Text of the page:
The Next Journalism Award seeks to reward such long-term innovation and risk taking. In its content, form and development, this project - innovative, demanding, efficient and independent - must be in service of tomorrow’s quality journalism. The award is aimed at projects in their first stages, that have yet to be tested and prototyped. The winning project must be in the process of being created. A unique way of shedding light on the ongoing efforts and investments of pioneering media entrepreneurs as they reshape the future of journalism at the European level.
For both an innovation in the field of media and for the start-up that instigated it, the Next Journalism award will recognize a journalistic innovation that is not yet fully operational. The award is based in the belief that entrepreneurial talents deserve support in creating the media companies of the future.
and we wish to showcase the projects that stand out for us. We will reward projects that are both cross-media as well as those that are purely digital. We are also interested in rewarding initiatives that further enable journalists across Europe to work together.
The aim is to allow the winner to present their project to the Nieman fellows while also connecting with the best academic research at Harvard University.
to receive the award, test and pitch their ideas to a number of top level-journalists and media executives, including board members of the CFJ and Ecole W (the new French school of digital innovation launched by the CFJ) and members of their Paris-based incubator.
In 1946, Philippe Viannay, a journalist and leading Resistance figure, known as Indomitus during the World War II, created a free, independent and durable journalism school. Since its foundation, more than 2,700 journalists have graduated from the Centre de Formation des Journalistes (CFJ).
Every single newsroom across France (and beyond) includes CFJ alumni : from France’s famous anchormen David Pujadas, Gilles Bouleau, Ruth Elkrief or Patrick Poivre d’Arvor to the talented investigative journalists Florence Aubenas (held hostage in Iraq in 2005), Natalie Nougayrède (The Guardian), Emmanuel Duparcq (AFP) and many others.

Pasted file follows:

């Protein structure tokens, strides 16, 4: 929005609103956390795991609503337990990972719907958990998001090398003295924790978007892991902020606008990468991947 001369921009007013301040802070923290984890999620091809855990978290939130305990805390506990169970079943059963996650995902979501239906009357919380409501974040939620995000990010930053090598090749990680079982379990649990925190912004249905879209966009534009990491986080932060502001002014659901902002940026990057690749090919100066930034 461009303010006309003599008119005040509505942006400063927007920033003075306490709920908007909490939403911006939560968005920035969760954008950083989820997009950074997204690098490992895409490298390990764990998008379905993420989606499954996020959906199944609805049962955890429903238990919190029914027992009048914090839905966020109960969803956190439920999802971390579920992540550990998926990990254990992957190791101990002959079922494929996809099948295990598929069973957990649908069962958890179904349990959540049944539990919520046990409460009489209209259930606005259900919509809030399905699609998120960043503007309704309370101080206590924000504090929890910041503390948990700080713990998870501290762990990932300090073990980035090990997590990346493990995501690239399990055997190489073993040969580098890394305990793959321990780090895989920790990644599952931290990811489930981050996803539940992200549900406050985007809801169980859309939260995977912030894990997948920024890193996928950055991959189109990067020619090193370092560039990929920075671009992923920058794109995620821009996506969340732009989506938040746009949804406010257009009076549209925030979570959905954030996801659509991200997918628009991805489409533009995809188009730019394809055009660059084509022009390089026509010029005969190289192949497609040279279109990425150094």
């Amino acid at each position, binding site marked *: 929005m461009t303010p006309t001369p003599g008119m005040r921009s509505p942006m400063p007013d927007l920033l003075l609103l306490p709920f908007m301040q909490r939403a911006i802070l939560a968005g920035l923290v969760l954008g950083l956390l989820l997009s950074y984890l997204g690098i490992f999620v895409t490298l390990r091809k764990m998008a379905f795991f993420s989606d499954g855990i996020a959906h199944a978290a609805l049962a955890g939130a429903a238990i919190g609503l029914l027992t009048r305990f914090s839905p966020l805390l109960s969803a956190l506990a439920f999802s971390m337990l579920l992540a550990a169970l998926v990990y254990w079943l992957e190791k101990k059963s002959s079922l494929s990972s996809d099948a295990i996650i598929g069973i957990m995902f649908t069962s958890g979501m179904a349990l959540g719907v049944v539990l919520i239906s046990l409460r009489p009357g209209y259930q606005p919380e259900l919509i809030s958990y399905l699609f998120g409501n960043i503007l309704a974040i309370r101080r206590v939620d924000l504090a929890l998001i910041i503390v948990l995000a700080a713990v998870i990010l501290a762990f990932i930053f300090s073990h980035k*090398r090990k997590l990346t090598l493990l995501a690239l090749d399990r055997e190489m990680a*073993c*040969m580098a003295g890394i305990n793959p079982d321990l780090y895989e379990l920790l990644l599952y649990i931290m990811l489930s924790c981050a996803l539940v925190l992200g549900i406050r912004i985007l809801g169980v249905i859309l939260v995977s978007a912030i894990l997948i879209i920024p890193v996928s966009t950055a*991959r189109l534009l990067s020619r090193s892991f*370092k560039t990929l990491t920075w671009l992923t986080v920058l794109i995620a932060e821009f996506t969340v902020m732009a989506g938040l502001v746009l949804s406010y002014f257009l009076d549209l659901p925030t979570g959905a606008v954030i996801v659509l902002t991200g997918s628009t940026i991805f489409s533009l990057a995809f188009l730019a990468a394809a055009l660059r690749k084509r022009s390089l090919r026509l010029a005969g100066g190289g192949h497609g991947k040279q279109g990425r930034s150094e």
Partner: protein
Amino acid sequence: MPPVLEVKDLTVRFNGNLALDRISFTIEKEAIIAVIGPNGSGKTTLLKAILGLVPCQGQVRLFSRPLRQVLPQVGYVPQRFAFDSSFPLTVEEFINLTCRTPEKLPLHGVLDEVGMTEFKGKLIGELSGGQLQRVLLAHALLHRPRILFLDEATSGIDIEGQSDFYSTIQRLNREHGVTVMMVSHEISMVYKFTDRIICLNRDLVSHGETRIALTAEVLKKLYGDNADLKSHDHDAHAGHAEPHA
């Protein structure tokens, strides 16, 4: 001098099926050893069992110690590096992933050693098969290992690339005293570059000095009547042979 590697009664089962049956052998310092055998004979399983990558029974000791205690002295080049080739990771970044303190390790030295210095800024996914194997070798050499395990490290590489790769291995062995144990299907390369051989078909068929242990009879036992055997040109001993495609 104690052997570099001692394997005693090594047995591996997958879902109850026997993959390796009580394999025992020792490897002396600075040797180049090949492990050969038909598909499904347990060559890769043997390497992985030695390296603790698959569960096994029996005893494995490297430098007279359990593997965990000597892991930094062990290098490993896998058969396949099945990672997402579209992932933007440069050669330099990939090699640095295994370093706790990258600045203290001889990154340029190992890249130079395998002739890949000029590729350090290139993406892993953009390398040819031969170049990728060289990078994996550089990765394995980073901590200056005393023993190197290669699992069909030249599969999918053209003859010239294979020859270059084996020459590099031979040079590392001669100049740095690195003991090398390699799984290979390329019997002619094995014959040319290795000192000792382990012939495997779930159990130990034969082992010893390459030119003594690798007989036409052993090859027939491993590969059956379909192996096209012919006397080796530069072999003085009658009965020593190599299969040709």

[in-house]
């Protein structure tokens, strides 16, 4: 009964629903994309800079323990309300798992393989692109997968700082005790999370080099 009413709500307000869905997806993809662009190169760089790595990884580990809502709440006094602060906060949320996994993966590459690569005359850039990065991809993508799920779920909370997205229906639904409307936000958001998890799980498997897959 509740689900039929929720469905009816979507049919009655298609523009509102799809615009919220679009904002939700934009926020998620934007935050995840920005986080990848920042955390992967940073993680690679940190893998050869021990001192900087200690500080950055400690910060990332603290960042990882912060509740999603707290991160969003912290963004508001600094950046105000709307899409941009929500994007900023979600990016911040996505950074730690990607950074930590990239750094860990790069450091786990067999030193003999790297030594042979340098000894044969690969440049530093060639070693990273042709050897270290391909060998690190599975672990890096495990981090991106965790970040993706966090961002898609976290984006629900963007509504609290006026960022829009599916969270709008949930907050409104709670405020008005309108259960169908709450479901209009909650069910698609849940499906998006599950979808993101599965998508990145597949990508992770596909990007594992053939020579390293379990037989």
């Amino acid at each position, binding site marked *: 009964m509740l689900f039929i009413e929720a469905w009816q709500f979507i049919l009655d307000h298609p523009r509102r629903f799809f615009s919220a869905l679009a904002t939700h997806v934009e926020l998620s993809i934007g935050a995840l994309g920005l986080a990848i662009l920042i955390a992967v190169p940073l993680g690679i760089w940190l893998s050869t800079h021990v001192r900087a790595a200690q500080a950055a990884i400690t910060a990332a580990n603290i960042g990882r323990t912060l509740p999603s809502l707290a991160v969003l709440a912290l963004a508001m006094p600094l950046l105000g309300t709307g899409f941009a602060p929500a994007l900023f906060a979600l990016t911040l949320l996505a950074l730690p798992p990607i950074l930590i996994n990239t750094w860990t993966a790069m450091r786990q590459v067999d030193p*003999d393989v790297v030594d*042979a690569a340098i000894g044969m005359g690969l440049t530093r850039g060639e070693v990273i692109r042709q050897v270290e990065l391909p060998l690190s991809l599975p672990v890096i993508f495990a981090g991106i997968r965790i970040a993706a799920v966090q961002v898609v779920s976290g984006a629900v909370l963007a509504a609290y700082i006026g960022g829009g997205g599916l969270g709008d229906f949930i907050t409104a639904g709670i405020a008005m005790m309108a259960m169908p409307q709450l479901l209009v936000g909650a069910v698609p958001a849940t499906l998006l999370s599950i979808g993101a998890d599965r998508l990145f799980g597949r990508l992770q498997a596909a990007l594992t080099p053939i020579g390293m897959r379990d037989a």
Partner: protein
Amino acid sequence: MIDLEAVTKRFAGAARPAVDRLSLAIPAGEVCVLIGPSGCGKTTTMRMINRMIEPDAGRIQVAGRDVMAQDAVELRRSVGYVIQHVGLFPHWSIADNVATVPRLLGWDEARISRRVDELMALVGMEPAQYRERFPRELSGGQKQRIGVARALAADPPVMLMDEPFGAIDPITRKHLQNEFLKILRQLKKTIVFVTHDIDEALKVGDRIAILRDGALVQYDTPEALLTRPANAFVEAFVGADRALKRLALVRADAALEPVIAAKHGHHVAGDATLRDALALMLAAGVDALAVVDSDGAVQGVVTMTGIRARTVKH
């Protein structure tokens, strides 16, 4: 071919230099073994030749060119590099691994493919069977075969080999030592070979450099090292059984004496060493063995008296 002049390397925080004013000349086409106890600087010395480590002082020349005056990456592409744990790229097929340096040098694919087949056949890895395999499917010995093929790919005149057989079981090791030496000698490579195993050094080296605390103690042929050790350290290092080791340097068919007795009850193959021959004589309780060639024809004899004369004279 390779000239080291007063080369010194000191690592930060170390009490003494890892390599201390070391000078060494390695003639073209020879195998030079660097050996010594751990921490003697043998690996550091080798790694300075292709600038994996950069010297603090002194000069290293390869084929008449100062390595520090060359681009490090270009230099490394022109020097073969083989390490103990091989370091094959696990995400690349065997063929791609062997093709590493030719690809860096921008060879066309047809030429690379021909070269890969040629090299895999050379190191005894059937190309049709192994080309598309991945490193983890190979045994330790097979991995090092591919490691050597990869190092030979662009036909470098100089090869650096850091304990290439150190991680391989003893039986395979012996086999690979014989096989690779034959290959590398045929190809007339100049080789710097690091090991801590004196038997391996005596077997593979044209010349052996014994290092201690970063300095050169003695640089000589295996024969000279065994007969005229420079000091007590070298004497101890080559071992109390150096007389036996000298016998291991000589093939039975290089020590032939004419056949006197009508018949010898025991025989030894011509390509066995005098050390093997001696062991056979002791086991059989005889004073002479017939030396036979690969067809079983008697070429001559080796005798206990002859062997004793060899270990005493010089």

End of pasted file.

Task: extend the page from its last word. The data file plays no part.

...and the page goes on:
In October 2016, France’s leading J-school will celebrate its 70th anniversary in the Paris’ splendid City Hall in the company of over 800 students, alumni, heads of media companies, and the CFJ’s academic partners: France’s leading business schools, HEC and ESCP Europe, as well as the leading research institutes, ENS Ulm and La Sorbonne University, and tech schools such as Ecole 42, etc…). This unique night will be an opportunity to discuss with these partners the new trends in journalism and news making that currently inspire our students and alumni. This is the Next Journalism Award’s DNA.
Always in October 2016, the CFJ launches Ecole W, a new school for creative producers. The two schools (CFJ and W) are moving to a new building alongside incubated start-ups, focused on contents, diversity and innovation.
Founded at Harvard University since, the Nieman Foundation’s mission is to study, reflect upon, and reimagine the field of journalism – its professional standards, reporting craft, and it’s business models.
For the past 80 years, the Nieman Foundation has offered year-long fellowhips to 12 American and 12 international journalists – the “Nieman Fellows” – journalists, documentary filmmakers, photographers, media heads who have shown “exceptional professional standards” in the practice of their job and/or development of their profession in the transition to digital media.
The fellow spend a year on Harvard’s campus, taking classes and benefitting from the wealth of specialists and guests that the university has to offer, as well as exchanges with the John F. Kennedy School of Governmenty, Harvard Business School, the Berkman Center for Internet & Society, Harvard Law School, etc.
This global network of journalists (1,400 fellows in 100 countries), as well as the Nieman Lab, a world-recognized think tank on the future of journalism, the foundation is at the very heart of press revolution.
a publicly funded insurance organization
a non-profit organization supporting medias and journalism
the second largest publisher in France, a branch of Bertelsmann and owner of Geo, National Geographic, Capital, Neon, Voici, Femme Actuelle and The Harvard Business Review.
The Next Journalism Award Jury will be comprised of 8 internationally renowned figures:
Jurors representing the CFJ’s board of directors
Jurors representing the Nieman Foundation
including its curator or a
representative and a former fellow in Europe
either from the Ecole W/CFJ in 2017 and, starting in 2018, the prior Next Journalism laureate.
Jurors representing our sponsors
(Audiens, Varenne Foundation, Prisma Media)
The initial selection of projects will be made by a project team made up of experienced media figures who will consider all applicants according to the previously mentioned criteria.
Launching ceremony of the Prize in Paris during the 70th anniversary of the CFJ
Call for entries with application form available online
International Jury meeting and Award ceremony
Winner 3-days visit to the Nieman Foundation
Winner 3-days visit and pitch in Paris